When it comes to the challenges facing schools, few are more acute than the teacher recruitment and retention crisis.
It was no surprise, then, that education secretary Damian Hinds nodded in this direction when announcing a 3.5 per cent pay rise for teachers on the main pay scale.
But another recruitment crisis is vexing schools and governors – one that appears to be a lower priority for the Department for Education: the diminishing pool of future school leaders.
In setting the remit for the School Teachers’ Review Body (STRB) in December, Hinds’ predecessor, Justine Greening, asked it to think about promoting recruitment and retention among all teachers – including leaders.
Reporting back five months later, the review body’s conclusion was clear: “For September 2018, we recommend that all pay and allowance ranges for teachers and school leaders are uplifted by 3.5 per cent.”
But in an highly unusual move, the DfE did not accept the STRB’s pay recommendation in full, and instead cut the pay deal in half: real-terms pay rises for teachers on the unqualified or main pay scale, and real-terms pay cuts for senior staff and leaders.
For the NAHT headteachers’ union, this represents nothing less than “a slap in the face”.
So does this year’s pay award risk addressing one recruitment crisis at the cost of exacerbating another?
Anecdotes and data
Not according to the DfE’s own evidence to the STRB, which the report says “did not raise concerns about the ability to attract teachers into leadership roles”.
In fact, “the department told us that the flexibilities in setting leadership pay, introduced in 2014, were helping in this regard”.
In contrast, the review body itself seems alive to a real risk, outlining how several consultees “raised concerns about the ability to attract teachers into leadership roles”.
It adds: “This aligns with what we have heard on our visits to schools around the country, as few classroom teachers tell us they aspire to become senior leaders, and most assistant and deputy heads we speak to do not wish to become headteachers.”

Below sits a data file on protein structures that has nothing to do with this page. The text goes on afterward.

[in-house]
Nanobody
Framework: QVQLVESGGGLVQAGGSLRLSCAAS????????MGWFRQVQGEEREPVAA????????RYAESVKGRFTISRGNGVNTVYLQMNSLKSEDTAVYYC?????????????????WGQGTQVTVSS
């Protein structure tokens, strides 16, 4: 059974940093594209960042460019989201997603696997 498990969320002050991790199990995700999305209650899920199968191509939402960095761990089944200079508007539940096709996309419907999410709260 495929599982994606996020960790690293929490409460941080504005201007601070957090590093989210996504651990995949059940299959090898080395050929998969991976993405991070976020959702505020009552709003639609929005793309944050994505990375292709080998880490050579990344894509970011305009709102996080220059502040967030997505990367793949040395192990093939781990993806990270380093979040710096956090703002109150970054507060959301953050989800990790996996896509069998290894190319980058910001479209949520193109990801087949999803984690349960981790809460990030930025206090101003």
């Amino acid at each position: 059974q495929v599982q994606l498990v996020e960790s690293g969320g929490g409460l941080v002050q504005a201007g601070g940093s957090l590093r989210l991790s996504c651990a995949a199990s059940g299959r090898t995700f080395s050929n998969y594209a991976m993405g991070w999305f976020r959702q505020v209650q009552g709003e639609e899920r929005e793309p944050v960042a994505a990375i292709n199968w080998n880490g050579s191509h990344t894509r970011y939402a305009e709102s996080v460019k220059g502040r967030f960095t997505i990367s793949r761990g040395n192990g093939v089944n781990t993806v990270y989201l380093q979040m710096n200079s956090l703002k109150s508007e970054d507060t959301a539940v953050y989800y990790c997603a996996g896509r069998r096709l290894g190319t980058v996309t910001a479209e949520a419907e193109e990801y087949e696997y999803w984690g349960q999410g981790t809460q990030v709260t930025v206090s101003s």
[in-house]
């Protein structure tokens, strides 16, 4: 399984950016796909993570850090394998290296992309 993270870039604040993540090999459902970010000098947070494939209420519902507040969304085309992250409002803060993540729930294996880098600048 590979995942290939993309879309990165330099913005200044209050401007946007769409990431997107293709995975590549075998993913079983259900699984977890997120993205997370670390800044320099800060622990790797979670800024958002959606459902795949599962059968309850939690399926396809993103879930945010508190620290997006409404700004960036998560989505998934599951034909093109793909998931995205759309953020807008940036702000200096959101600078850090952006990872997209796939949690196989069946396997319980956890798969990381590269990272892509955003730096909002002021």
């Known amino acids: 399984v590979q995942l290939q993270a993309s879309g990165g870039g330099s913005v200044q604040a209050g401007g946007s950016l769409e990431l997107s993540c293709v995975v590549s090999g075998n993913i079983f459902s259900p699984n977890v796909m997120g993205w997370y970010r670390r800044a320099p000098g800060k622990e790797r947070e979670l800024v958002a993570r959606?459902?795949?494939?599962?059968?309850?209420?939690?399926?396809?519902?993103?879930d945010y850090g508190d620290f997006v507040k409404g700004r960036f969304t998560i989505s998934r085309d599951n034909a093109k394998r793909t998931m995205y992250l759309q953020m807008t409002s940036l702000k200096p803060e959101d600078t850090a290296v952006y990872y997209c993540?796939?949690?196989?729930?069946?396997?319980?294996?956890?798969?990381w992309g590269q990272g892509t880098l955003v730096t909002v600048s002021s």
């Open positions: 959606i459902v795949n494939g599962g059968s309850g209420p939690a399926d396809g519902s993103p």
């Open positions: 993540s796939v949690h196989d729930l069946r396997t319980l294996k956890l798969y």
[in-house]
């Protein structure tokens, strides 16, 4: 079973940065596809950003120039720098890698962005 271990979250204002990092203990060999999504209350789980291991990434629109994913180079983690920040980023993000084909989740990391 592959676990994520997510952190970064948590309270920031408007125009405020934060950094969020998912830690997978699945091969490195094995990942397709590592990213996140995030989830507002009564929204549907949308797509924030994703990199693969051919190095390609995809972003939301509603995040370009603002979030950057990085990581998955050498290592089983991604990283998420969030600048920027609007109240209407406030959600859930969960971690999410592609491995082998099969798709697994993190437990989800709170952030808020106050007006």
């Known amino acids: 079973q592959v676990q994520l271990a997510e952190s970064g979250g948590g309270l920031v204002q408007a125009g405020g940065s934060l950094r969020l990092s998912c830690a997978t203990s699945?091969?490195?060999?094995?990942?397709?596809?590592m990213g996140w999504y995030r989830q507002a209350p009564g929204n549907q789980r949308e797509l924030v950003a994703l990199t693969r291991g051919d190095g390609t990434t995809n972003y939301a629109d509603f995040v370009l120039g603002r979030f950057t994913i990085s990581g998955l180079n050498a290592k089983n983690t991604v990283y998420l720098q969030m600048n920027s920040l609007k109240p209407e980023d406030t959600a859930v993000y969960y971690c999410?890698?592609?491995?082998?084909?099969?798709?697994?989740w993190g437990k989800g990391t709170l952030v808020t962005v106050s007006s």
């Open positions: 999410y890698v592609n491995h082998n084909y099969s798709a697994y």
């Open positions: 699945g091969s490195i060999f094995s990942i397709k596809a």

And this is not just anecdotal. “The statistical evidence available also supports this picture, showing emerging problems in recruiting and retaining school leaders,” it says.
Indeed, the report cites the DfE’s own research, published earlier this year, which shows that the number of headteacher vacancies has doubled since 2011, while the retention rate for primary heads after three years has fallen from 84 per cent to 81 per cent, with a steeper drop for secondary heads, from 77 per cent to 69 per cent.
On the day of the announcement, Paul Whiteman, general secretary of the NAHT, told his members that the news was “bittersweet”. Good news, in that they would no longer be spending the summer “dreading having to make even more cuts, more redundancies, as a direct result of the pay award”. But disappointing because “the DfE has departed from the STRB advice for the first time in many years to deprive you of another 2 per cent increase after years of real-terms salary decline”.
He told the press that the award “will do little to retain valued and experienced senior teachers and leaders”.
Valentine Mulholland, the union’s head of policy, puts a human face to the abstract discussion of pounds and percentages. “I’ve had members coming to me and saying ‘this puts my family in a difficult position because we are falling so far behind’,” she says, “and we do have to remember that the average salary for heads is very far from the eye-watering figures that we normally hear.
“It is as much about what it says about what the government thinks about school leaders, that they will take the hit on all their policies, including this one.”
Her conclusion is blunt: “It is a slap in the face for senior teachers and for school leaders. It’s about what it says about how much we value them.”